On December 11, 2020, the U.S. Food and Drug Administration (FDA) issued the first Emergency Use Authorization (EUA) for the use of the Pfizer-BioNTech COVID-19 Vaccine for the prevention of coronavirus disease 2019 (COVID-19) caused by severe acute respiratory syndrome coronavirus 2 (SARS-CoV-2) in individuals 16 years of age and older. The EAU allows the Pfizer Vaccine to be distributed in the U.S. Additionally, the FDA is working with other vaccine developers, researchers, and manufacturers to help expedite the development and availability of medical products such as additional vaccines and antibodies and drugs to prevent or treat COVID-19.
Who is paying for the COVID-19 vaccine?
Vaccine doses purchased with U.S. taxpayer dollars will be given to the American people at no cost. However, vaccination providers will be able to charge an administration fee for giving the shot to someone. Vaccine providers can get this fee reimbursed by the patient’s public or private insurance company or, for uninsured patients, by the Health Resources and Services Administration’s Provider Relief Fund.
Are COVID-19 vaccines covered by group health plans?
Yes, vaccines recommended by the CDC Advisory Committee on Immunization Practices (ACIP) and the U.S. Preventive Services Task Force (USPSTF) are 100% covered. That means covered individuals will not pay any money out of pocket to get a COVID-19 vaccine. During the COVID-19 public health emergency, the COVID-19 vaccines will be covered 100% through in- and out-of-network doctors, hospitals, pharmacies and other health care professionals, as well as through vaccine administration sites. COVID-19 vaccines will be fully covered for fully insured plan, including those covered through Medicaid, Medicare Advantage, Individual and Small Group policies, as well as those covered by the NJ State Health Benefits Program (SHBP) and the NJ School Employees’ Health Benefits Program (SEHBP). Full coverage will also extend to all self-insured plans that are not grandfathered. The U.S. Department of Health and Human Services (HHS) released a set of “toolkits,” including for health insurers and plans and consumers providing additional vaccine-related information, including a number of operational and reimbursement considerations for insurers and plans. HHS states that the toolkit for plans and insurers is primarily focused on vaccine administration, as the vaccine will be federally purchased.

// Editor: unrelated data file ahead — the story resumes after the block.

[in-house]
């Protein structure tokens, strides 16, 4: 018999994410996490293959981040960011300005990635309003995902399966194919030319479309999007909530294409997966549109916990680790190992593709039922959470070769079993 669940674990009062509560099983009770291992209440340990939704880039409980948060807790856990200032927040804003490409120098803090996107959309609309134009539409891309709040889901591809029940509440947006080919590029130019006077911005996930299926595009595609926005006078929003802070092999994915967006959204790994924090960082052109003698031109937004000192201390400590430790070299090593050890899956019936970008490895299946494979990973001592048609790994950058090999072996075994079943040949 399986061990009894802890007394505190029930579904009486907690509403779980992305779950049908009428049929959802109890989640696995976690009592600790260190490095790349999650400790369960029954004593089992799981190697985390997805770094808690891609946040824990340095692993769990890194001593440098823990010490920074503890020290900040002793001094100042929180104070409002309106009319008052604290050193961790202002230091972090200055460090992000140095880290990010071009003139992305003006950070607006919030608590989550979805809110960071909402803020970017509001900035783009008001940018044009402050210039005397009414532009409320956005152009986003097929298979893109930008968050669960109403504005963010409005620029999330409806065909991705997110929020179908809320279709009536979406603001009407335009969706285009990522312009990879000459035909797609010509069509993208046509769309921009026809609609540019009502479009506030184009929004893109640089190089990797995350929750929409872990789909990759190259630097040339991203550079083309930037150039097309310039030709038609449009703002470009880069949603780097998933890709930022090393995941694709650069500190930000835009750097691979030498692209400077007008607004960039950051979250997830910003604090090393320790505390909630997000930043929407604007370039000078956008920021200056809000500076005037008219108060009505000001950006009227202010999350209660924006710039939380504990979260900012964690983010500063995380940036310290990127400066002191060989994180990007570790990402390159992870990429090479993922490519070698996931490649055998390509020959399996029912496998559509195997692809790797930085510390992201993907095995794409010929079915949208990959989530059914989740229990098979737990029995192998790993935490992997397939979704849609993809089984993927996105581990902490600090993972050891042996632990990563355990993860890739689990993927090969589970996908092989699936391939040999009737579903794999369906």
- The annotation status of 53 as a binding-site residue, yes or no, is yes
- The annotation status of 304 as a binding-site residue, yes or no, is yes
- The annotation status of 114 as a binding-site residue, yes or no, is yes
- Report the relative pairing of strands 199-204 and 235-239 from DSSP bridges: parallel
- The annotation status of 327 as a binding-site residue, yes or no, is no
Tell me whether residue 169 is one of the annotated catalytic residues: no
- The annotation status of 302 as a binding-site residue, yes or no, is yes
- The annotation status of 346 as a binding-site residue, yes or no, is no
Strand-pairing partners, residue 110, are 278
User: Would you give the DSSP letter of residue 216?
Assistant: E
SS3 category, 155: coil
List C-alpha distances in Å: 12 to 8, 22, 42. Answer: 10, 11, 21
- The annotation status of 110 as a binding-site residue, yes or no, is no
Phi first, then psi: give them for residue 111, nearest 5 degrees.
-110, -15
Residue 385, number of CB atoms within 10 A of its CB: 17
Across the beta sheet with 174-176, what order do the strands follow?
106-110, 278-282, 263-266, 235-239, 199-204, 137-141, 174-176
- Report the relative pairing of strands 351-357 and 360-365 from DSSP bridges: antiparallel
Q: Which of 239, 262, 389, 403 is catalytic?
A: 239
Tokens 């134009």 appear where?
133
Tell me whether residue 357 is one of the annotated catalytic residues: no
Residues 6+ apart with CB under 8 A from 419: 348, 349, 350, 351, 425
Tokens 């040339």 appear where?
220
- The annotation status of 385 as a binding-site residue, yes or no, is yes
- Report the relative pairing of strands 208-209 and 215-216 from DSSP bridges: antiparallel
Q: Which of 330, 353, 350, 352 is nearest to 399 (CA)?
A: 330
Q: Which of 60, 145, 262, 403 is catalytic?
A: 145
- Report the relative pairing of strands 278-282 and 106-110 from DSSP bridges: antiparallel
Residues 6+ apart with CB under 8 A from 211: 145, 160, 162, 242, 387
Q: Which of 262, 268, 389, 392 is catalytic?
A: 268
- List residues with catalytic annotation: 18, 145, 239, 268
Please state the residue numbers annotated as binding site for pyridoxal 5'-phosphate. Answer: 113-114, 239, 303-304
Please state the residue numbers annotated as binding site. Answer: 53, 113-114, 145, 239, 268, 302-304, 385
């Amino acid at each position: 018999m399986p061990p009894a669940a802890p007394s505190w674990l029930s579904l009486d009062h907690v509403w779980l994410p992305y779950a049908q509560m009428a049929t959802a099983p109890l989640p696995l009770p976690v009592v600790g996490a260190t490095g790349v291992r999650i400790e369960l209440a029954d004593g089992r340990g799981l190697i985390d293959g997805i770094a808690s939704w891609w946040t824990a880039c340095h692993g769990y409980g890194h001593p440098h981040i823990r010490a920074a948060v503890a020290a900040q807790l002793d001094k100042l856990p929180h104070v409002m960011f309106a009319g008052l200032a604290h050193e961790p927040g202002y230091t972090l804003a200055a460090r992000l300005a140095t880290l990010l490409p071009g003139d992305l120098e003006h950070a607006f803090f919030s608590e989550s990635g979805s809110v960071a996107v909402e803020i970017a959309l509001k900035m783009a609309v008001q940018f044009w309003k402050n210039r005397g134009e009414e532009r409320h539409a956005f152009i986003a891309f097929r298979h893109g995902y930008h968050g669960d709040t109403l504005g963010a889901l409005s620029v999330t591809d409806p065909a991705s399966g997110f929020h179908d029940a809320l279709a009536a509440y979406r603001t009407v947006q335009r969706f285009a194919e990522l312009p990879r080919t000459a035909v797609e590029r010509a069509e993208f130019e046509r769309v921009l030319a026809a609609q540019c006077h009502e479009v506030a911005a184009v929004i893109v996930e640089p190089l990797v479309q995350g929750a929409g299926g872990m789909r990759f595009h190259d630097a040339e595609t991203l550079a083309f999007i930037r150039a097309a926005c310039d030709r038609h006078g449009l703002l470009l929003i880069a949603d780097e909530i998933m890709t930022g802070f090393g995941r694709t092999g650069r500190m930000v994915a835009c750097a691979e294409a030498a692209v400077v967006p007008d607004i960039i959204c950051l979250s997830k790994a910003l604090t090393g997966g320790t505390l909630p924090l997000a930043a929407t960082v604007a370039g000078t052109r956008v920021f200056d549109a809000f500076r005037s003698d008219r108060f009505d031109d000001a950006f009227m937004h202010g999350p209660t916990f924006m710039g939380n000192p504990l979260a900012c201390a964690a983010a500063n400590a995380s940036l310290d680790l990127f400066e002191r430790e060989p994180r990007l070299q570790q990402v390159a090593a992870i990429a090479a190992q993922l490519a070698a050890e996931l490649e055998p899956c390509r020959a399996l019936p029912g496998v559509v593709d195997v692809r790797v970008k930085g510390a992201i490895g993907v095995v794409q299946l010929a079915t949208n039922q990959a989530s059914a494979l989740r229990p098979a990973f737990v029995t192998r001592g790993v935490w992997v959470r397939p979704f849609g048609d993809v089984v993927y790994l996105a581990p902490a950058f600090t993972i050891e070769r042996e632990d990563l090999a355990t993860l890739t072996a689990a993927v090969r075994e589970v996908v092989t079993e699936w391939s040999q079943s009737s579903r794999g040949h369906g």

Who should get the COVID-19 vaccine first?
At first, there will be a limited supply of COVID-19 vaccine. Operation Warp Speed is working to get vaccine doses out as vaccines are authorized or approved and recommended, rather than waiting until there is enough vaccine for everyone. However, it is important that the initial supplies of vaccine are given to people in a fair, ethical, and transparent way. Learn how the CDC is making COVID-19 vaccine recommendations, including recommendations if there is a limited supply, based on input from the ACIP.
Is the COVID-19 vaccine safe?
All vaccines distributed in the U.S must follow strict FDA guidelines for safety. Learn more about how the FDA and the CDC are ensuring the safety of COVID-19 vaccines. The most commonly reported side effects, which typically lasted several days, were pain at the injection site, tiredness, headache, muscle pain, chills, joint pain, and fever. Of note, more people experienced these side effects after the second dose than after the first dose, so it is important for vaccination providers and recipients to expect that there may be some side effects after either dose, but even more so after the second dose. Learn more here.
Fully-insured and self-funded non-grandfathered group health plans should be prepared to ensure coverage will be provided with no cost-sharing. Conner Strong & Buckelew will provide alerts and updates as new information becomes available. Please contact your Conner Strong & Buckelew account representative toll-free at 1-877-861-3220 with any questions.